MHT File Photo
2, Thistle Road, Catonsville, Baltimore County
The Wilderness is a large stone and frame house located in a wooded setting west of Catonsville in Baltimore County, Maryland. The current appearance of the house is the result of a major expansion and renovation campaign carried out in 1899-1900. The building combines Colonial Revival massing and decorative detailing with multiple roof and dormer shapes and a wraparound porch reminiscent of the Queen Anne style in a free composition typical of the eclectic spirit of the period. It is sited facing east on a small rise, and stands three stories tall, three bays wide by seven bays deep. The first story is constructed of stucco-covered stone, while the upper level is frame and clad in shingles. The third story is located within a tall mansard roof and lighted by various dormers. A smell belvedere caps the roof. The interior retains all its turn-of-the-20th-century Classical and Colonial Revival detailing, including mantels, stair, baseboard, and architrave trim. Also on the property are a stone springhouse/smokehouse, a summer kitchen, log tenant house, and a large frame barn.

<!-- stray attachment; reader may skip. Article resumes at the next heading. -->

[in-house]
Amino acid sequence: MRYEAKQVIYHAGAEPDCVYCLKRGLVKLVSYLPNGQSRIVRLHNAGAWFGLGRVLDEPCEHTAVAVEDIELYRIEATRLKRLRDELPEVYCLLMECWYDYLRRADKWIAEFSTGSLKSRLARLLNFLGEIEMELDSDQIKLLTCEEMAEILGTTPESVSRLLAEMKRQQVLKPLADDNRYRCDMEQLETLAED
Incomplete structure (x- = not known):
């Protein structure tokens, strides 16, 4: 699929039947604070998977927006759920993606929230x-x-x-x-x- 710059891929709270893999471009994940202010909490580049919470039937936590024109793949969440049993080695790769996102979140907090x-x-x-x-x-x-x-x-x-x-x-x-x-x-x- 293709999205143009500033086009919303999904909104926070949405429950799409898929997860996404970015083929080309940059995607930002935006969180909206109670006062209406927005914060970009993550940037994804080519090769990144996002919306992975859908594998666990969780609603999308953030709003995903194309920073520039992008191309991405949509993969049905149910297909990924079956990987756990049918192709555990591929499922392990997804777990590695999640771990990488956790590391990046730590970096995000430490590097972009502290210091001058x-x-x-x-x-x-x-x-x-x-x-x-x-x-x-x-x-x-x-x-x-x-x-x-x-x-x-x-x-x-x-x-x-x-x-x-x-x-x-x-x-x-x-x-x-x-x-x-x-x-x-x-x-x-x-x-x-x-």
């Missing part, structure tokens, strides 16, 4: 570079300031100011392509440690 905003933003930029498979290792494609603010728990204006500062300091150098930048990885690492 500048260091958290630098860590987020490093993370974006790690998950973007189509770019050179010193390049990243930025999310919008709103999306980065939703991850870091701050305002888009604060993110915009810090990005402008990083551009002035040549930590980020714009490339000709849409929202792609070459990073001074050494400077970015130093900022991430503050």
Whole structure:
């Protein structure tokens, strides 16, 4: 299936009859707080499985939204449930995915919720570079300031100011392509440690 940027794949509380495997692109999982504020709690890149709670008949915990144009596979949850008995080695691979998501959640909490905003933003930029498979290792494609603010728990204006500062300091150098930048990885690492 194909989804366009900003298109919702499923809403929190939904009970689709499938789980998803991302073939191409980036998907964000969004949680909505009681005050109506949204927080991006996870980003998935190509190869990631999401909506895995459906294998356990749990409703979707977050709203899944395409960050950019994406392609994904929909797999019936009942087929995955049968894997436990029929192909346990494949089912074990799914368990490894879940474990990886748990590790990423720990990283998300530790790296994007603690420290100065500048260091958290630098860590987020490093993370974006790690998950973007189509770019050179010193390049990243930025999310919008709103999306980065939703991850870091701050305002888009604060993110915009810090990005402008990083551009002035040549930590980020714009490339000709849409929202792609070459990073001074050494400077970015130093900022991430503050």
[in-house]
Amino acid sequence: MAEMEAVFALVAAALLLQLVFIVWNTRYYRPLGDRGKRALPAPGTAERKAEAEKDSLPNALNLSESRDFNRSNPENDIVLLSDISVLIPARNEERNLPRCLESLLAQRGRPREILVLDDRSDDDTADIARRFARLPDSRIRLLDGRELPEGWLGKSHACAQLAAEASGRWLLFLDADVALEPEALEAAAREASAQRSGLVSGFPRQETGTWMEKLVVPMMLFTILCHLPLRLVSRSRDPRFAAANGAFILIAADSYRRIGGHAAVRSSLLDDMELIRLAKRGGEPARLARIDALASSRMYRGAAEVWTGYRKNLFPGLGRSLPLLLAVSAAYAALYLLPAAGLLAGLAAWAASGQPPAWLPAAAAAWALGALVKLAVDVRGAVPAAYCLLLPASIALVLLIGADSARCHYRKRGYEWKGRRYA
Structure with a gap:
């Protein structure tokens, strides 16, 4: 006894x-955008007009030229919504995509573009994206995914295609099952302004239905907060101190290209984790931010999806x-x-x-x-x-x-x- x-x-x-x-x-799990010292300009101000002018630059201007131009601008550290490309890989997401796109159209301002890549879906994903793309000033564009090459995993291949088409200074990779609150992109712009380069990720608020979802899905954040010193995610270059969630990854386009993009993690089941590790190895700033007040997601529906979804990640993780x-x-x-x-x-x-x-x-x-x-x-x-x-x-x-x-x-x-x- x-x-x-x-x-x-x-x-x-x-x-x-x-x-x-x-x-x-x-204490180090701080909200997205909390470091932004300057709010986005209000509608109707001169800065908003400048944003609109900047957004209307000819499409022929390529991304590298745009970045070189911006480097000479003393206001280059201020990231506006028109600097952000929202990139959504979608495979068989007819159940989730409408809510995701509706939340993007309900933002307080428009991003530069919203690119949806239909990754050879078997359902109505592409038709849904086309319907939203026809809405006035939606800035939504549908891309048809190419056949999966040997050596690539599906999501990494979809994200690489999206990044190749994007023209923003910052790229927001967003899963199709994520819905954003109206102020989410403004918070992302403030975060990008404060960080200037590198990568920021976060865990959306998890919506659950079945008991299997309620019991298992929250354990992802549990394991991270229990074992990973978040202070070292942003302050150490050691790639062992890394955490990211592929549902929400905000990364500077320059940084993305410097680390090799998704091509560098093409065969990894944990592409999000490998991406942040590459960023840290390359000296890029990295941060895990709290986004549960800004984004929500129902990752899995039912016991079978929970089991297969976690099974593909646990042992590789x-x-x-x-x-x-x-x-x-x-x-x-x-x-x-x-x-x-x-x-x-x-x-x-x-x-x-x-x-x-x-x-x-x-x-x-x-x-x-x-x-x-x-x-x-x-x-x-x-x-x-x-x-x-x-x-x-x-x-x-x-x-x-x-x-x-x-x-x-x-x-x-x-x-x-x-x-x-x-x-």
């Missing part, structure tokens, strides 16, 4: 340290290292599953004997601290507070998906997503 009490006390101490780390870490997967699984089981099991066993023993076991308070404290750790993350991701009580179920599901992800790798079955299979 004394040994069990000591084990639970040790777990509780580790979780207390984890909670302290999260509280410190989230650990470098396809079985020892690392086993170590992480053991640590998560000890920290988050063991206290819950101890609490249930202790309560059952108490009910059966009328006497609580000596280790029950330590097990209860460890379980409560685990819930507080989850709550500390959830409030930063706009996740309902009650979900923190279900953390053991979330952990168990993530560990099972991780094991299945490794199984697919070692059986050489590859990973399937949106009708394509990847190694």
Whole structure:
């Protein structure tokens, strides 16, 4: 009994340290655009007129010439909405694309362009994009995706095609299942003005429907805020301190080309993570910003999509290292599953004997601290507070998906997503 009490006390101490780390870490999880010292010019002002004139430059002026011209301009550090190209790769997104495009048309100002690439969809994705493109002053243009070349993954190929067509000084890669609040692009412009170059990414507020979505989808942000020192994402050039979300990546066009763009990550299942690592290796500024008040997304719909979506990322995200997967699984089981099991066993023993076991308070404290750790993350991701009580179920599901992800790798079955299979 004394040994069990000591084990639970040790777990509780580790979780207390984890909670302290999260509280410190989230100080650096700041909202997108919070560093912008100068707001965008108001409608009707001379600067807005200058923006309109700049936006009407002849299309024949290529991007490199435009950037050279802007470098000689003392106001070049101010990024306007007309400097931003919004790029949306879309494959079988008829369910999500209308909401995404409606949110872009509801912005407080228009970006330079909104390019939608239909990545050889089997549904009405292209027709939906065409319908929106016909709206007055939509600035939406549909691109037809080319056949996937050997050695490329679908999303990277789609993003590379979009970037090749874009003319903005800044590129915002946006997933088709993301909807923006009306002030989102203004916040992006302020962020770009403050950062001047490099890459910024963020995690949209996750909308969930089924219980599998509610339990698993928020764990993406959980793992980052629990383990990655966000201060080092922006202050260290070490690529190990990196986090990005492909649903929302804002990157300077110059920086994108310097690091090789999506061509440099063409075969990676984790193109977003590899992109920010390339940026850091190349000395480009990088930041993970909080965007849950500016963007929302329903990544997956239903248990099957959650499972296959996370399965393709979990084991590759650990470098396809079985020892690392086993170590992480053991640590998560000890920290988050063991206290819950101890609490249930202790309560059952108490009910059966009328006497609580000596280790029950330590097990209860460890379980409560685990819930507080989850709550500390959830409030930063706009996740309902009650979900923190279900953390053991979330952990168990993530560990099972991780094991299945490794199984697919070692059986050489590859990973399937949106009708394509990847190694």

The Wilderness is significant for its architecture, as an example of a large country house embodying the distinctive characteristics of turn-of-the-20th-century eclecticism in its combination of elements of the Queen Anne and Colonial Revival styles. The building expresses a Colonial Revival feeling in its rectangular massing and in its exterior and interior detailing, in combination with Queen Anne-inspired multiple roof forms. It is a notable landmark in its isolated, undeveloped setting in southwestern Baltimore County. The Wilderness derives additional significance from its association with Baltimore merchant and philanthropist Francis Cumberland Dugan II, (1830-1914) under whose ownership the house acquired its present appearance. Dugan established his hardware dealership in Baltimore in 1852; still active in business up to his death in 1914, he was then the oldest merchant in the city. He was one of the incorporators of the St. Mary’s Industrial School in 1866, and served on the board of directors of St. Vincent’s Orphan Asylum and the Metropolitan Savings Bank. He remodeled The Wilderness in 1899 and maintained it as a summer residence.